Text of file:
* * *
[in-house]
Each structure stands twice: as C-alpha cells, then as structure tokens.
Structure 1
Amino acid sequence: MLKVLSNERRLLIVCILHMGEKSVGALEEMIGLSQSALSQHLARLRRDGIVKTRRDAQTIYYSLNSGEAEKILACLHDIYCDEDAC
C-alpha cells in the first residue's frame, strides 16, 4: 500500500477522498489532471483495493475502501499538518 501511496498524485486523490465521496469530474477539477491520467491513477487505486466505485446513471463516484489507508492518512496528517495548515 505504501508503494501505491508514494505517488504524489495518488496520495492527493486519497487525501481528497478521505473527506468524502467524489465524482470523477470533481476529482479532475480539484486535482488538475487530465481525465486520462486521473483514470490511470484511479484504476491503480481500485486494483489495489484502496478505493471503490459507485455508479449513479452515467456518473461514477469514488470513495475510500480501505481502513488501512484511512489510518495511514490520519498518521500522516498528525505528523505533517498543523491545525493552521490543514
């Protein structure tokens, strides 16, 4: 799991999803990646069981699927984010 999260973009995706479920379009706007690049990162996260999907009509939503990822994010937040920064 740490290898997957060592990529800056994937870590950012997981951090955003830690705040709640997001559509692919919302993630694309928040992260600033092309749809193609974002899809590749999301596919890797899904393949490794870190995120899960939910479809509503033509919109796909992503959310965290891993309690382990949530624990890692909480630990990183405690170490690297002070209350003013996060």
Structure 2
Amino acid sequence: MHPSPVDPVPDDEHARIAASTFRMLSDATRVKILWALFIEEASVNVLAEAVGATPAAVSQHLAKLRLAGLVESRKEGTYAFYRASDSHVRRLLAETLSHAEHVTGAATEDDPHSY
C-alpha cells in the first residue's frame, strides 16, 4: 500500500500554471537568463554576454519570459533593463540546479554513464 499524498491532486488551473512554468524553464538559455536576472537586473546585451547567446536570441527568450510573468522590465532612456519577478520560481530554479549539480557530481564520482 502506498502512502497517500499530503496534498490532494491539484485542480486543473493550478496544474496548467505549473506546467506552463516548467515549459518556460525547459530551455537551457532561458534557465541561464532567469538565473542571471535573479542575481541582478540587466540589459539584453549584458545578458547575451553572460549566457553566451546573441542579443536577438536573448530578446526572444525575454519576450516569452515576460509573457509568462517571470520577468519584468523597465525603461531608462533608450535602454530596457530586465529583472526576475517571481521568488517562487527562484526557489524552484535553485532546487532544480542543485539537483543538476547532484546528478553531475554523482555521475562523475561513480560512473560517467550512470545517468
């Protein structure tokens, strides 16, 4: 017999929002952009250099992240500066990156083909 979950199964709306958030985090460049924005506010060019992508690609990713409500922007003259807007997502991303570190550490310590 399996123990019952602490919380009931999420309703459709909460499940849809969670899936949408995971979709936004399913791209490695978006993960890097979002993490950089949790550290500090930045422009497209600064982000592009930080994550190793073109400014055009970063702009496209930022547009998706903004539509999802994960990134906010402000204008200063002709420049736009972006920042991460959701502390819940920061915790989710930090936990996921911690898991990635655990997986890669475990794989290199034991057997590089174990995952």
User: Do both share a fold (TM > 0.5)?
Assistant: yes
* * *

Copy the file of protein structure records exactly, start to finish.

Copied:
[in-house]
Each structure stands twice: as C-alpha cells, then as structure tokens.
Structure 1
Amino acid sequence: MLKVLSNERRLLIVCILHMGEKSVGALEEMIGLSQSALSQHLARLRRDGIVKTRRDAQTIYYSLNSGEAEKILACLHDIYCDEDAC
C-alpha cells in the first residue's frame, strides 16, 4: 500500500477522498489532471483495493475502501499538518 501511496498524485486523490465521496469530474477539477491520467491513477487505486466505485446513471463516484489507508492518512496528517495548515 505504501508503494501505491508514494505517488504524489495518488496520495492527493486519497487525501481528497478521505473527506468524502467524489465524482470523477470533481476529482479532475480539484486535482488538475487530465481525465486520462486521473483514470490511470484511479484504476491503480481500485486494483489495489484502496478505493471503490459507485455508479449513479452515467456518473461514477469514488470513495475510500480501505481502513488501512484511512489510518495511514490520519498518521500522516498528525505528523505533517498543523491545525493552521490543514
């Protein structure tokens, strides 16, 4: 799991999803990646069981699927984010 999260973009995706479920379009706007690049990162996260999907009509939503990822994010937040920064 740490290898997957060592990529800056994937870590950012997981951090955003830690705040709640997001559509692919919302993630694309928040992260600033092309749809193609974002899809590749999301596919890797899904393949490794870190995120899960939910479809509503033509919109796909992503959310965290891993309690382990949530624990890692909480630990990183405690170490690297002070209350003013996060």
Structure 2
Amino acid sequence: MHPSPVDPVPDDEHARIAASTFRMLSDATRVKILWALFIEEASVNVLAEAVGATPAAVSQHLAKLRLAGLVESRKEGTYAFYRASDSHVRRLLAETLSHAEHVTGAATEDDPHSY
C-alpha cells in the first residue's frame, strides 16, 4: 500500500500554471537568463554576454519570459533593463540546479554513464 499524498491532486488551473512554468524553464538559455536576472537586473546585451547567446536570441527568450510573468522590465532612456519577478520560481530554479549539480557530481564520482 502506498502512502497517500499530503496534498490532494491539484485542480486543473493550478496544474496548467505549473506546467506552463516548467515549459518556460525547459530551455537551457532561458534557465541561464532567469538565473542571471535573479542575481541582478540587466540589459539584453549584458545578458547575451553572460549566457553566451546573441542579443536577438536573448530578446526572444525575454519576450516569452515576460509573457509568462517571470520577468519584468523597465525603461531608462533608450535602454530596457530586465529583472526576475517571481521568488517562487527562484526557489524552484535553485532546487532544480542543485539537483543538476547532484546528478553531475554523482555521475562523475561513480560512473560517467550512470545517468
């Protein structure tokens, strides 16, 4: 017999929002952009250099992240500066990156083909 979950199964709306958030985090460049924005506010060019992508690609990713409500922007003259807007997502991303570190550490310590 399996123990019952602490919380009931999420309703459709909460499940849809969670899936949408995971979709936004399913791209490695978006993960890097979002993490950089949790550290500090930045422009497209600064982000592009930080994550190793073109400014055009970063702009496209930022547009998706903004539509999802994960990134906010402000204008200063002709420049736009972006920042991460959701502390819940920061915790989710930090936990996921911690898991990635655990997986890669475990794989290199034991057997590089174990995952």
User: Do both share a fold (TM > 0.5)?
Assistant: yes